The Maritime Archaeology Trust has been investigating the maritime archaeology of the Hamble River in Hampshire (UK) over a period of several years. This ancient waterway has been an important route into the heart of Hampshire for millenia and there are numerous remains of archaeological sites around the river, including wrecks, wharfs, jetties, shipbuilding sites, oyster beds and bridges.
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The Trust has produced an excellent series of short audio guides/podcasts to be enjoyed as you walk along the River Hamble. It provides fascinating insights into the history of the area and tells the story behind some of the vessels that have been abandoned on the River Hamble's foreshore.
The Heritage Lottery Fund (HLF) awarded a grant to the Maritime Archaeology Trust (under our old name the Hampshire and Wight Trust for Maritime Archaeology) to enable a programme of recording and investigation of the archaeological remains of watercraft and their associated maritime infrastructure on the River Hamble. It is evident that there is a wealth of heritage connected to the maritime past around the river margins. This project enabled us to research and record these important remains to create an archive of information which is fully accessible and will aid future management of these sites.
Local residents and river users are an invaluable resource for this project and team members have interviewed local people. Many people have an extensive knowledge of the river and if such knowledge is not recorded it runs the risk of being lost forever. These memories of the river and its history can give an insight into the origin, date, identity and function of many features found on the river and are used to supplement field investigations, where local knowledge will continue to present a new perspective to our work.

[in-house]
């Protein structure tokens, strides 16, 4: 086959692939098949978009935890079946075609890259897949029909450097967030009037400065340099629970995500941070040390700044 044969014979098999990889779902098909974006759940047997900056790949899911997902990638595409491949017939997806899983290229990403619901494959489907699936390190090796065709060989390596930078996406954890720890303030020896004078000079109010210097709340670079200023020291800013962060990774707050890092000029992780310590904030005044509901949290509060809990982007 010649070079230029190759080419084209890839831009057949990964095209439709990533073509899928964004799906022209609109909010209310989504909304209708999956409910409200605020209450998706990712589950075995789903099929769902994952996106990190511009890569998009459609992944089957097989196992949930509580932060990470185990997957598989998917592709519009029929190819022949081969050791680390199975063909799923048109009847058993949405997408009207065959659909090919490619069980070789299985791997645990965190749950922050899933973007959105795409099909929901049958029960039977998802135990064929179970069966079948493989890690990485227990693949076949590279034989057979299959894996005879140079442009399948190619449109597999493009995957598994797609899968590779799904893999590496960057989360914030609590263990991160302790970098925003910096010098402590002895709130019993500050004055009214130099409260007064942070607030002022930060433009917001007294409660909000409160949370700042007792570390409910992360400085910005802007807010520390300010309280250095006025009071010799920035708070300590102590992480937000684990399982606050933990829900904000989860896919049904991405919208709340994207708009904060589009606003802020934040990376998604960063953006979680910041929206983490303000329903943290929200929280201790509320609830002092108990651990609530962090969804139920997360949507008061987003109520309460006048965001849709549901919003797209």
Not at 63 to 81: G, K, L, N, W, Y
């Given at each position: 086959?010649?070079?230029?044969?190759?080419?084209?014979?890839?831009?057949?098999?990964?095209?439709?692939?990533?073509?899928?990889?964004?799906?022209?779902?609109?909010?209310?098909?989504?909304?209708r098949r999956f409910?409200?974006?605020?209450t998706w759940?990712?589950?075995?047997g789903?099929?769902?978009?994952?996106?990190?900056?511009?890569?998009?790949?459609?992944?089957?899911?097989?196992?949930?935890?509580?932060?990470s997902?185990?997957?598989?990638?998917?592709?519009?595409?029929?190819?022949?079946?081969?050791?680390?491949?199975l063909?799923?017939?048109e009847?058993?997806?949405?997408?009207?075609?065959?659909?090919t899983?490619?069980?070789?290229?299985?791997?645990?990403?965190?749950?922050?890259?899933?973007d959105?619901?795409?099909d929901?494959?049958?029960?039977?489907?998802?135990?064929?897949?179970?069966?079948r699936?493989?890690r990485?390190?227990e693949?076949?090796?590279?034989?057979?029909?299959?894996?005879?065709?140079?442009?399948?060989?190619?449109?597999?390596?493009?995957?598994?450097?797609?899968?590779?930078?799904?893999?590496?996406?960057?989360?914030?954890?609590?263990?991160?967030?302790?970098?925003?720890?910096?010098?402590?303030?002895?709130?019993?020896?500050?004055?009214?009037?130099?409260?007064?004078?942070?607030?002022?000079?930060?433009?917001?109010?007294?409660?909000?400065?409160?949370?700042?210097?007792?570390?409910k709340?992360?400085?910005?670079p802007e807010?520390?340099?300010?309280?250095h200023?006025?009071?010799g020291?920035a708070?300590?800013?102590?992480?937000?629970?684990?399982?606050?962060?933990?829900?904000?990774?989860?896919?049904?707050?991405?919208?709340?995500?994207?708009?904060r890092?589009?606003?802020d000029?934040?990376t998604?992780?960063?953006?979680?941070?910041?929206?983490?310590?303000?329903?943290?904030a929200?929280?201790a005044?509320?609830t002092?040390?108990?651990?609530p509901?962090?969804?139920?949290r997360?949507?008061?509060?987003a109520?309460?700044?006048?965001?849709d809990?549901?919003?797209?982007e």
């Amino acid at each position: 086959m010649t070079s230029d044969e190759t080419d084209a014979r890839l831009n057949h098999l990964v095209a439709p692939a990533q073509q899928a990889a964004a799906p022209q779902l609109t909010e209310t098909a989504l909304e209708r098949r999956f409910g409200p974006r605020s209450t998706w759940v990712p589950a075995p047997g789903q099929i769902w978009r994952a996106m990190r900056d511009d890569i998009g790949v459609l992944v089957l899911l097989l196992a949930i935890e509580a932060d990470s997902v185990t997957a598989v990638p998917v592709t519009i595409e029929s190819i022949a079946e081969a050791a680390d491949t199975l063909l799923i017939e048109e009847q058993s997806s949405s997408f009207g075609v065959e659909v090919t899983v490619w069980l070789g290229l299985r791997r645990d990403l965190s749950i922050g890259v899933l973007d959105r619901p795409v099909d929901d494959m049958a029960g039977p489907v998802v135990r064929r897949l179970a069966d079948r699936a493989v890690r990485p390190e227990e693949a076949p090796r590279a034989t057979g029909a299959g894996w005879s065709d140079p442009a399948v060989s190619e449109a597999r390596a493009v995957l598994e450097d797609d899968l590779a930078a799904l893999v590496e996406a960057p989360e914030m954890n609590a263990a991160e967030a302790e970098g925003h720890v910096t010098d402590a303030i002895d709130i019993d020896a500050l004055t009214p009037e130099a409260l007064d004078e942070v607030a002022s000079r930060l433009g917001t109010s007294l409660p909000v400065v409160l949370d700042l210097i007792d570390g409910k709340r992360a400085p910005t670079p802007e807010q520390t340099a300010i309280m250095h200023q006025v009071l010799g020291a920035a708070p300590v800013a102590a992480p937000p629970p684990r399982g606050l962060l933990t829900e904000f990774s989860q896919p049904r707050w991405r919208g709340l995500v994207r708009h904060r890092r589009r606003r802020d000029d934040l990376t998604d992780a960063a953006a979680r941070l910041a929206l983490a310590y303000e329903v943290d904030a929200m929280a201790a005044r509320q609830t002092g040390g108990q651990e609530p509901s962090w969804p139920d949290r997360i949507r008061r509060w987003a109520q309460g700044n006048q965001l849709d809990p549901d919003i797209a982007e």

The Hamble logboat was discovered in 1888 during the construction of a new boathouse on the estate of Fairthorn Manor, at the junction of the Hamble River and Curbridge Creek. The logboat measures 4m long by 0.76m wide and is formed from a single oak tree. The finding of the logboat was reported in the Hampshire Chronicle on the 13th October 1888 in the following way;
"AN ARCHAEOLOGICAL DISCOVERY of the greatest interest has been made this week in the tidal river Hamble. At the point of junction of the Curbridge Creek with the river, some considerable distance above the still existing wreck of the Danish man-of-war, a boat house is being built, and in order to make sufficient waterway the workmen removed the mud and alluvial soil. Something hard was encountered and, thanks to one of the workmen having an intelligent taste for antiquities, the obstruction was carefully uncovered, and proved to be a portion of a possible pre-historic canoe, certainly pre-Roman. It is a few feet higher up the river than the old Roman hardway or landing place, and was evidently sunk close on shore."
The area where the logboat was found has also been noted for its Roman remains, including a villa site and the remains of pottery kilns. Because of this, it has long been assumed that the logboat was Roman in date, or possibly even earlier. The logboat was loaned to the Southampton City Museum by the Botley Market Hall Committee in 1913 and is now kept in the SeaCity Museum Store.
The Trust has investigated the history of the logboat and most importantly to find out the date of the vessel as a way to guide further research. The vessel is made from oak and is therefore suitable to be dated using dendrochronology. Funding for this was provided by the Roman Research Trust and was carried out by Nigel Nayling of Lampeter University. This has revealed that the logboat is in fact Saxon, dating from AD 668-704. Further investigation of the vessel is planned, that may shed new light on Saxon maritime activity in the Solent Region. A report into our investigation of the logboat is available to download.